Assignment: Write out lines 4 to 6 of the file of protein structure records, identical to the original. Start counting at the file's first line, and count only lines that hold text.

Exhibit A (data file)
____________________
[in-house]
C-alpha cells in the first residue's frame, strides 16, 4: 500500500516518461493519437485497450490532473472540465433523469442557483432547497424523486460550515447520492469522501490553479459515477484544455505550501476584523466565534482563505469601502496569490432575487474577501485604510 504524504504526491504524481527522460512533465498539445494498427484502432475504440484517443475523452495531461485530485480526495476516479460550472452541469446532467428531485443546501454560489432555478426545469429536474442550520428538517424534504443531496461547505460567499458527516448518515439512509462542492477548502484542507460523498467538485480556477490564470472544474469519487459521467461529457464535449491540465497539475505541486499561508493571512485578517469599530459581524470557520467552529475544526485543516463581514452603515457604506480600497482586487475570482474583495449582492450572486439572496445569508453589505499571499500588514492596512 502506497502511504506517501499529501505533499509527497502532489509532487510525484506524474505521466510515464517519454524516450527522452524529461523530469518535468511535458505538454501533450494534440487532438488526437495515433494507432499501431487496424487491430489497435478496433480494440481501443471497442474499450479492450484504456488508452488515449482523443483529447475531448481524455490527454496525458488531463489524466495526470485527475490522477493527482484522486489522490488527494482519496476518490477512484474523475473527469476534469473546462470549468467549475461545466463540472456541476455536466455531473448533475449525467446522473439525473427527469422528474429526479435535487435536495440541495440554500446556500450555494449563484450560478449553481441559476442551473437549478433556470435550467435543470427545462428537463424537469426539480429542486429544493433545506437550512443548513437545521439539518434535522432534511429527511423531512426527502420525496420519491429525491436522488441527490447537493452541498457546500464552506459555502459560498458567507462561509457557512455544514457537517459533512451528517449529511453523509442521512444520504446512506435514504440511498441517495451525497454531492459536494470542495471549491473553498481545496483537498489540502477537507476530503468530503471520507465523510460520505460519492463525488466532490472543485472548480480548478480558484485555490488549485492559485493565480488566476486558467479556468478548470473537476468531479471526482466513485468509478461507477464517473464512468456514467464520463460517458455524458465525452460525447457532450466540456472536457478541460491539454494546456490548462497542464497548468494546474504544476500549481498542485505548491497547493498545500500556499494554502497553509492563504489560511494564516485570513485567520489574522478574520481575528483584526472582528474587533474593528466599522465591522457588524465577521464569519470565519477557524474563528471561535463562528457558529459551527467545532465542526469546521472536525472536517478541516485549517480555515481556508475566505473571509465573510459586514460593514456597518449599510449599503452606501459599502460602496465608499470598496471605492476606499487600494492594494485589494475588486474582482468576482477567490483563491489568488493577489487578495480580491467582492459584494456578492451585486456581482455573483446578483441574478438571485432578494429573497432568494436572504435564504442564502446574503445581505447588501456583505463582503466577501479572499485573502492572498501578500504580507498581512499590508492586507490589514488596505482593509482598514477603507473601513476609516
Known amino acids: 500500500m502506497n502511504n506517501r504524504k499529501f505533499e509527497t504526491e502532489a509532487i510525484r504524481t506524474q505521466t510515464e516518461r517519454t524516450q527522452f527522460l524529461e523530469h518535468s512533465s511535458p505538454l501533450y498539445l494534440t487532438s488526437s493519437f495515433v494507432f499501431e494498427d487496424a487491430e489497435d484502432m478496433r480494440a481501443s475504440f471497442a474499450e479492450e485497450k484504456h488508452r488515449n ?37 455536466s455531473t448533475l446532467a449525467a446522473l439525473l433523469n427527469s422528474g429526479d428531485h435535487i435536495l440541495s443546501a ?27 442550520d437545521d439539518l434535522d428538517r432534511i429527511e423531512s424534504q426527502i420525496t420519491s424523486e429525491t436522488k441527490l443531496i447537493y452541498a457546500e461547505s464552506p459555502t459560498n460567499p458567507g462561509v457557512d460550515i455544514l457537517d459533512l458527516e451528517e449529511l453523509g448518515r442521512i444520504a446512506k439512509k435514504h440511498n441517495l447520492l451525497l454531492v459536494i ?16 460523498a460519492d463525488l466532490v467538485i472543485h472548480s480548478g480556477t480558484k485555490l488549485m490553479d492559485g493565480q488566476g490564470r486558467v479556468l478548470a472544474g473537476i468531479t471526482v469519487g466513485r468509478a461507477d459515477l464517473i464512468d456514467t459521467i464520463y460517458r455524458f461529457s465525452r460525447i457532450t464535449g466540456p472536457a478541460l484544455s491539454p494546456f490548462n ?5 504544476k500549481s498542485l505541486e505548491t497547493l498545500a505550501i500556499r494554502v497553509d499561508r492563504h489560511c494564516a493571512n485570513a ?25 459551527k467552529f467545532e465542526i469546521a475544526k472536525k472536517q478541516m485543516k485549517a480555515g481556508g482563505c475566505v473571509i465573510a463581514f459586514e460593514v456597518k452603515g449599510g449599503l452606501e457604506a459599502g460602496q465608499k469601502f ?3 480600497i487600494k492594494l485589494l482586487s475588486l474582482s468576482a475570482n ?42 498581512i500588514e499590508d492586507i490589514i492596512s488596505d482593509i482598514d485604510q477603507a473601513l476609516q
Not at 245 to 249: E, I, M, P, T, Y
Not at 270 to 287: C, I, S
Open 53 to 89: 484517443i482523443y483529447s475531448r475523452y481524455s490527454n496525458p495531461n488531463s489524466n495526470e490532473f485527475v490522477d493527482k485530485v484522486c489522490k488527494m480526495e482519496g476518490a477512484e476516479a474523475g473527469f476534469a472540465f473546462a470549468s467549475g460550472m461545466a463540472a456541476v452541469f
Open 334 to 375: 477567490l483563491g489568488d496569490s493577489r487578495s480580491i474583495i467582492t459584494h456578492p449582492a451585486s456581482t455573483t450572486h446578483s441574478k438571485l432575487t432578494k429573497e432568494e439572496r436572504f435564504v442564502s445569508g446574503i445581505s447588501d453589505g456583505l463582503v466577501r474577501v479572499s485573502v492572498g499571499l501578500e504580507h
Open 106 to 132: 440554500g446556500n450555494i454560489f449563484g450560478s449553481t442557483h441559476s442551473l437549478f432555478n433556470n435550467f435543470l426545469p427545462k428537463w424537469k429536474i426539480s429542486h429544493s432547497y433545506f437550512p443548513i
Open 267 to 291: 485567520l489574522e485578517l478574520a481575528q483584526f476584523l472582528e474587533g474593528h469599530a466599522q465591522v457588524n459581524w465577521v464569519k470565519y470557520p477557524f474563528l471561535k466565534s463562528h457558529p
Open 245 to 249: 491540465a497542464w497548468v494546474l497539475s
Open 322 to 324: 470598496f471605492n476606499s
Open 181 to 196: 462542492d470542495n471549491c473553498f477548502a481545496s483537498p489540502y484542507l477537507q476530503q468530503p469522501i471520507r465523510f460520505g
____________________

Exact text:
Not at 245 to 249: E, I, M, P, T, Y
Not at 270 to 287: C, I, S
Open 53 to 89: 484517443i482523443y483529447s475531448r475523452y481524455s490527454n496525458p495531461n488531463s489524466n495526470e490532473f485527475v490522477d493527482k485530485v484522486c489522490k488527494m480526495e482519496g476518490a477512484e476516479a474523475g473527469f476534469a472540465f473546462a470549468s467549475g460550472m461545466a463540472a456541476v452541469f